Bermuda regulations must keep pace
The Hon. Craig Cannonier, the Premier of Bermuda, has said the island’s regulatory regime is committed to remaining flexible and competitive to make certain it remains the jurisdiction of choice for both the captive industry and the international re/insurance industry.
In a foreword in sister publication Bermuda Captive, he said that as other jurisdictions, including some US states, increasingly promote themselves as captives domiciles and introduce favourable regulations and tax breaks in some instances, it is important Bermuda stays ahead of the game and does everything it can to ensure it remains a market leader in this field.
“We have the largest concentration of captives in the world,” said Cannonier, who has been the Premier of Bermuda since December 2012. “We are the world leader in the market and we want to ensure we maintain and build on that success.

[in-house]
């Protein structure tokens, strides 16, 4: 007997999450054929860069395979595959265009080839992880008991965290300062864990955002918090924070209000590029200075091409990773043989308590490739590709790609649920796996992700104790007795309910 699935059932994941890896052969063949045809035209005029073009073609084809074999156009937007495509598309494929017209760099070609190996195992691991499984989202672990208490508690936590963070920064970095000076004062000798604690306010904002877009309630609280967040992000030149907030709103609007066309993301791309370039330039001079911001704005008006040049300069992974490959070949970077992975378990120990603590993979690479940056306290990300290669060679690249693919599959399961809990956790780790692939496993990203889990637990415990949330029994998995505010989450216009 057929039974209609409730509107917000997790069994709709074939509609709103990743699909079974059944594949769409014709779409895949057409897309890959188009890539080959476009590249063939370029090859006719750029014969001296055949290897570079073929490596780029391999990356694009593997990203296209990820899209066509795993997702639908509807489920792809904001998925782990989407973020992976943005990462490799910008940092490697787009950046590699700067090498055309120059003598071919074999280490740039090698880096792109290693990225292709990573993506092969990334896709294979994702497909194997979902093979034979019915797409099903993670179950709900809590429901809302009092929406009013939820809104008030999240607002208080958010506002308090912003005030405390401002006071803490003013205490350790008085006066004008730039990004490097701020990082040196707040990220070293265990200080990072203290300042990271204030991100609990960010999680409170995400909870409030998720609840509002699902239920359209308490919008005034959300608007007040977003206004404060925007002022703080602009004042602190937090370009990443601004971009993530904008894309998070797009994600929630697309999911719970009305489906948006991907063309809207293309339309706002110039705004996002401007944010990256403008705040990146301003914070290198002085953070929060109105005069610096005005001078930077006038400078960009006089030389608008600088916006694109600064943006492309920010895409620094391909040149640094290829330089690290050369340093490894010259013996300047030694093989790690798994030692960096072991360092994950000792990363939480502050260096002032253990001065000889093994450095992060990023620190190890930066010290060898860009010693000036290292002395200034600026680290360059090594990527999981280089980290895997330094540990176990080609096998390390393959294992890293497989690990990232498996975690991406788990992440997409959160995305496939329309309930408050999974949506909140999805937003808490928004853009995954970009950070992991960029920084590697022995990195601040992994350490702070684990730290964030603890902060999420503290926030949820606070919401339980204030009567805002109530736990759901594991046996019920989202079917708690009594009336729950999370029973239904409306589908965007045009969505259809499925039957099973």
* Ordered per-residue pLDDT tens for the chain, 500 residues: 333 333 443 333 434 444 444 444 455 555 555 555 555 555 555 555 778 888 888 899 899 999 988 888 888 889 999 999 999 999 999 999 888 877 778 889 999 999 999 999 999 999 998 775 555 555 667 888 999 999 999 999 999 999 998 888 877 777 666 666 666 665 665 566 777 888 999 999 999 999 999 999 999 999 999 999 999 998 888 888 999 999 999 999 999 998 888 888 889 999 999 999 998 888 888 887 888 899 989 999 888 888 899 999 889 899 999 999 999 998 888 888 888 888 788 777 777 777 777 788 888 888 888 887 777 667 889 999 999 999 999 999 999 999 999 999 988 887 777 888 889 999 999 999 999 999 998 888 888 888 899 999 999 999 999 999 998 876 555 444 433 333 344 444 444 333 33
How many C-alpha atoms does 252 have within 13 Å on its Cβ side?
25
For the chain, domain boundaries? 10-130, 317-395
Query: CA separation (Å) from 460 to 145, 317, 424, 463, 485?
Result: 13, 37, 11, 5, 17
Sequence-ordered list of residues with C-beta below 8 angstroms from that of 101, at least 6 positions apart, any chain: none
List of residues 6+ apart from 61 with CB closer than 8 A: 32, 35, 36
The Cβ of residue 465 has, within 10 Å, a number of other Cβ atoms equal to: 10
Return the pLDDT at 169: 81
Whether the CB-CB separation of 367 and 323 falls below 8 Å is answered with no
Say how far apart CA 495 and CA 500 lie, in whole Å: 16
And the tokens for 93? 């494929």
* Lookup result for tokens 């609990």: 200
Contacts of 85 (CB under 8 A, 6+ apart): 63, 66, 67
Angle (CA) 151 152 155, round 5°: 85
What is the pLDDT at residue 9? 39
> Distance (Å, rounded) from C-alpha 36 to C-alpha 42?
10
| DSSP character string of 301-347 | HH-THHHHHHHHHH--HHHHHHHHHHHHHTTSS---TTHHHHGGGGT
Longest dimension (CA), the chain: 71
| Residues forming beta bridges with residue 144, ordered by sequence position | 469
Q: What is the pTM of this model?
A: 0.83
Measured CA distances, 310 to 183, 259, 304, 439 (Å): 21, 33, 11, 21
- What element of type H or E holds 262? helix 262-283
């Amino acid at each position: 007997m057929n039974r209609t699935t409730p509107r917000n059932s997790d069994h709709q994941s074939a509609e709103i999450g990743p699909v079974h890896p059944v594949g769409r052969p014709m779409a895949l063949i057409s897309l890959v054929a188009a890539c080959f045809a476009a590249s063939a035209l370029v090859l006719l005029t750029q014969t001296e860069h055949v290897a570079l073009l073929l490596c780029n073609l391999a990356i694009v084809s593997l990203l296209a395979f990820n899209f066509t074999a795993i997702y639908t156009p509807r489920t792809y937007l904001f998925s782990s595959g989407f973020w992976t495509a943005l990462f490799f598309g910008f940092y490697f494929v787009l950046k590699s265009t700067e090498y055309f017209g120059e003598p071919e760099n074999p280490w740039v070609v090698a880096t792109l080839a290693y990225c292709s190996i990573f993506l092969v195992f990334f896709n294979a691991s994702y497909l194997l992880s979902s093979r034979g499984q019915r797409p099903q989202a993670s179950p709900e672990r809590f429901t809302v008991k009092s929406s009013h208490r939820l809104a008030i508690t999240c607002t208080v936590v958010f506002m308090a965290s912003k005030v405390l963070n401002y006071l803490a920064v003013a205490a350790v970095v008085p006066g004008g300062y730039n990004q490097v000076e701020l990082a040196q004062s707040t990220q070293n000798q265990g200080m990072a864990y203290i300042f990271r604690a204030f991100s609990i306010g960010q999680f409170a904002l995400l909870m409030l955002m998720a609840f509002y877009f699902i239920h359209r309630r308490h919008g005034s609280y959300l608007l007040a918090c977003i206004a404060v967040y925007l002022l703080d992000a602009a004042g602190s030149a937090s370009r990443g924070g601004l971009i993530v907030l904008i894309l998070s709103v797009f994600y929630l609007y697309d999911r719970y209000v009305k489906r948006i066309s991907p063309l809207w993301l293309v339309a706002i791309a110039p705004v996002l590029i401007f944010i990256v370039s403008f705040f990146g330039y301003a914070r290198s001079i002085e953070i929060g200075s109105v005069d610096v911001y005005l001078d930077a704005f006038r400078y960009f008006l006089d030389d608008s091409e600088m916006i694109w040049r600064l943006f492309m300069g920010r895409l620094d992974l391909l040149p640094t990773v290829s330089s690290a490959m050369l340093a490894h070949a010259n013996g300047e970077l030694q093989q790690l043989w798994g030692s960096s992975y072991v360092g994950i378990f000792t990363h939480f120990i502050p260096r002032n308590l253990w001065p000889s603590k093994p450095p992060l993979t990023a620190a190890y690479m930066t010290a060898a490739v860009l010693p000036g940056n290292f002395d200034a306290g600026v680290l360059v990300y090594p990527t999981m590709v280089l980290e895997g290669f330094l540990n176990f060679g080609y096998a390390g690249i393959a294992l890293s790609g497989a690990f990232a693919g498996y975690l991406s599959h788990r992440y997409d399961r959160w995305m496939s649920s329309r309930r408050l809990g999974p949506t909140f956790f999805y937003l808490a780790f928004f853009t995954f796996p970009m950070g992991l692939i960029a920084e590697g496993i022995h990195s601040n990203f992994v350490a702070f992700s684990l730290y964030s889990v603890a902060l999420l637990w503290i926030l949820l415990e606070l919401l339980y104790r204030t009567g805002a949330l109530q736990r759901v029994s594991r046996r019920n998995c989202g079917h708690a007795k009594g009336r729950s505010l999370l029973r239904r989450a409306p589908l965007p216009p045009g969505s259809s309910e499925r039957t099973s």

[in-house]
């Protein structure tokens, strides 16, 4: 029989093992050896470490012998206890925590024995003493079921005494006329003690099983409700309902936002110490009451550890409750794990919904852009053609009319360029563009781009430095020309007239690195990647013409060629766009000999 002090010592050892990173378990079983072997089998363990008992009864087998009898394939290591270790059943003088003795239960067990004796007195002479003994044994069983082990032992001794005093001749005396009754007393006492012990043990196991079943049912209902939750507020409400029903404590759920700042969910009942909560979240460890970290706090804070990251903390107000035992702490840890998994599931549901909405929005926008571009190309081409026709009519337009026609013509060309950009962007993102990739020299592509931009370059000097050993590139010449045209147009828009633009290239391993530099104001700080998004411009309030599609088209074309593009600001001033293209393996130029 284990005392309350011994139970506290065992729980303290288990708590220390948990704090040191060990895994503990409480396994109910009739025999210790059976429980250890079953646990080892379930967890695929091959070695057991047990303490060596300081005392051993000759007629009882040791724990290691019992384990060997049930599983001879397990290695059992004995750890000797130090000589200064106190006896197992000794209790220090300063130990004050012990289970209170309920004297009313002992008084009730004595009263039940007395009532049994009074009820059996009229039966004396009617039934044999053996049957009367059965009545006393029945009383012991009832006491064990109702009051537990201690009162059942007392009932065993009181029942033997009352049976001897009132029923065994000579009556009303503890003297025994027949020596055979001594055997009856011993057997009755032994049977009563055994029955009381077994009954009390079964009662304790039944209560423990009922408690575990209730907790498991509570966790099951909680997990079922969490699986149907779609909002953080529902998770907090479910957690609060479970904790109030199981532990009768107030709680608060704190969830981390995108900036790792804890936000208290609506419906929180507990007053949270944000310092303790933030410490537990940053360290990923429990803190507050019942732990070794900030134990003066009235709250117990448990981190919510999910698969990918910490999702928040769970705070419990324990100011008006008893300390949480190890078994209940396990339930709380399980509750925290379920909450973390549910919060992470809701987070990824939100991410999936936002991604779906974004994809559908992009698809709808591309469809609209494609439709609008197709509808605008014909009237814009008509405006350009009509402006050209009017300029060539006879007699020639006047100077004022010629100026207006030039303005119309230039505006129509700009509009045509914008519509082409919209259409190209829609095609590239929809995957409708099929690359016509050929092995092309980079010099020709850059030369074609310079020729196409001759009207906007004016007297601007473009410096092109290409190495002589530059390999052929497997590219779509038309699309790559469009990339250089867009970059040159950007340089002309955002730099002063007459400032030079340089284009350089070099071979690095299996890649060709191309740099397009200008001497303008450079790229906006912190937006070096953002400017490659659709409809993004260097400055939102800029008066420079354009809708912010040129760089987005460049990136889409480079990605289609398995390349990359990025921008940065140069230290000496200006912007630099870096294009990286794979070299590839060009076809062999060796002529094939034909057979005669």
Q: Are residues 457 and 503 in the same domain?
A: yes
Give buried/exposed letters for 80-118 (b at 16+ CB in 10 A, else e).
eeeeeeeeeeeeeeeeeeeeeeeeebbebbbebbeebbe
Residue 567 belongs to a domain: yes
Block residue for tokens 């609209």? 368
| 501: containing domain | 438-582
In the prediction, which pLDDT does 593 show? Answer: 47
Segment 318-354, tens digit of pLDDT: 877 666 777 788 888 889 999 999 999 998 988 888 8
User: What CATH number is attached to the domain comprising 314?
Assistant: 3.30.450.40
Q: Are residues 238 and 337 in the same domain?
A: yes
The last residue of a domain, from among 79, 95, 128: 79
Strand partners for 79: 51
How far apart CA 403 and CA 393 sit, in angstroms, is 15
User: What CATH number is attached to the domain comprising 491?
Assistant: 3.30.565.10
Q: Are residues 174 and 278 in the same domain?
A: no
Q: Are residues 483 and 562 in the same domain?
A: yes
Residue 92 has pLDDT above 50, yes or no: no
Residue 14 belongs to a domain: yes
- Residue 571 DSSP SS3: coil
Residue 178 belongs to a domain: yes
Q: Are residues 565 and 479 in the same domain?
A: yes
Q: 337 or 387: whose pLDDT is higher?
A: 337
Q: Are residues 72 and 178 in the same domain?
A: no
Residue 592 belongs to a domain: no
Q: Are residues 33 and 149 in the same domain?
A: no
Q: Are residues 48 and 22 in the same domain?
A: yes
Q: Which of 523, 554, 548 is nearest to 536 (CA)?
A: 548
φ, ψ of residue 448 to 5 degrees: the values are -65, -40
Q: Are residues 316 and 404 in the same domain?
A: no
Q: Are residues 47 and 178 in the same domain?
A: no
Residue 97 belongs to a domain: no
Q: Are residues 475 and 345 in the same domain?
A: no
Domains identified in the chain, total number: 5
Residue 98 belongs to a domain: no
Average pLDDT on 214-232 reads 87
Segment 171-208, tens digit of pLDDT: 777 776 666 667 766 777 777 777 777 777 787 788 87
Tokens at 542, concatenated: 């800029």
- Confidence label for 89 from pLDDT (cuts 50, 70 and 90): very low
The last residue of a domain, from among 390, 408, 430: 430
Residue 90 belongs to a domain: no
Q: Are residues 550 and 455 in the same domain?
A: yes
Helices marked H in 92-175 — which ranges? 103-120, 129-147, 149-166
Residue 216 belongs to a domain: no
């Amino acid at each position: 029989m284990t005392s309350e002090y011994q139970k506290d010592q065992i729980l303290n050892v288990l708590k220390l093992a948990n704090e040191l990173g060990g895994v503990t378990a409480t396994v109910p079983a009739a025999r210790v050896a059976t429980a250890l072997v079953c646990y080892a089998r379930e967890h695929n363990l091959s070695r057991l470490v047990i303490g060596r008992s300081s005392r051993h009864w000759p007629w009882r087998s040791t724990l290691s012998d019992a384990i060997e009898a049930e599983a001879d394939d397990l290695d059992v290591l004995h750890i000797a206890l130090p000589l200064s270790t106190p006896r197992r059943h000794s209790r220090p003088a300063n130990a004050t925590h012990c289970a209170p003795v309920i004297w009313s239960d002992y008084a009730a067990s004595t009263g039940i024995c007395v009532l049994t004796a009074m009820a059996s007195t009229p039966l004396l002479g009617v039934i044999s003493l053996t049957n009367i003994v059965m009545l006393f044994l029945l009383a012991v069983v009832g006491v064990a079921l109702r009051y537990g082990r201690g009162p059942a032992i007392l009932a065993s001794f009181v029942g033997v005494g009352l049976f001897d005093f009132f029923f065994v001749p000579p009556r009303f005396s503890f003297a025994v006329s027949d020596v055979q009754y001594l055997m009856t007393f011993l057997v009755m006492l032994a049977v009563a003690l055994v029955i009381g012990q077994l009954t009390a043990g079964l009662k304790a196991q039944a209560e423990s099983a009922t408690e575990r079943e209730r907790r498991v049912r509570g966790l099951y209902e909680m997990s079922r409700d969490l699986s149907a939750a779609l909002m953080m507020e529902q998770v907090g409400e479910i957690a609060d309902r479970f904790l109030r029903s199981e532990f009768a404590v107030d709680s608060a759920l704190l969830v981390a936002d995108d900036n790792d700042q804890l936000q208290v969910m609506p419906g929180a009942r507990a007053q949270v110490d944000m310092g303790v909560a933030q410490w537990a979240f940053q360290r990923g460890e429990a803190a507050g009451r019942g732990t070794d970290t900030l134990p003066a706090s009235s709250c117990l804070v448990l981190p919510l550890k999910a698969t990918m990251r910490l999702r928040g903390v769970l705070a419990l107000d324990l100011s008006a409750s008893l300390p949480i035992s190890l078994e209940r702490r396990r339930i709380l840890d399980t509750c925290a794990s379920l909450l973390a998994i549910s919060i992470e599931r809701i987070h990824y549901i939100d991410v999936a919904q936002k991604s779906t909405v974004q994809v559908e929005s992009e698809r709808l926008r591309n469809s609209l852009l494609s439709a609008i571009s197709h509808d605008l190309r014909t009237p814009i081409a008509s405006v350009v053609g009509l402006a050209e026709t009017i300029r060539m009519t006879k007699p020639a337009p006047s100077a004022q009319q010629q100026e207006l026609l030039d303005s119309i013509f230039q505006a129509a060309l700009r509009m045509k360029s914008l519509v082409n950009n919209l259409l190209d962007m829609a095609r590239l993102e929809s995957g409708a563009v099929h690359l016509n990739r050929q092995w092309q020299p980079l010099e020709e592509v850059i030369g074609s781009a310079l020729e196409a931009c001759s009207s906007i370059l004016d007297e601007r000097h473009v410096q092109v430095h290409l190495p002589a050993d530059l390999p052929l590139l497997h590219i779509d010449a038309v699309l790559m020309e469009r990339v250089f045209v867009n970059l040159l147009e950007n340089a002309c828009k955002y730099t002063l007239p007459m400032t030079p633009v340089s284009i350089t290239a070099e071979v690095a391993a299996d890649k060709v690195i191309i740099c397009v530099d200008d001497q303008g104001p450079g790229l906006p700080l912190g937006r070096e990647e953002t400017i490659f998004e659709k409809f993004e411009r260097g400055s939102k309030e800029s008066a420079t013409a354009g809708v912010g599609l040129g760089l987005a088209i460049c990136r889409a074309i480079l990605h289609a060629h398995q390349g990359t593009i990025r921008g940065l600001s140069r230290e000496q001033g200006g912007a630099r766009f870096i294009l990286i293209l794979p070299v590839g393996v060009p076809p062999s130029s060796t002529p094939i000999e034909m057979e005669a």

“But to achieve that, we must evolve with the industries that are so important to us. The dynamics of international business can change overnight and we cannot predict how things might change in the future. All we can do is remain vigilant and proactive. We are planning ahead by ten to 15 years in terms of the way we remain competitive both on the regulatory front and in terms of ensuring we have an attractive business environment more generally.”
Bermuda is the biggest captives domicile in the world. Latest estimates suggest it has almost 1,000 registered captives, representing some 20 per cent all such vehicles globally with more than 40 countries domiciling captives on the island.
Cannonier also noted that international business, much of it generated by the insurance industry, is critical to the Bermuda economy representing as much as 70 per cent of GDP for the island. “Many years ago, tourism was our main contributor to the economy; now, it is insurance and finance.
“It is a major part of the economy employing thousands of people,” he says. “It is my job to ensure it continues to thrive and we continue to attract new business to Bermuda. It is vitally important we remain the domicile of choice.”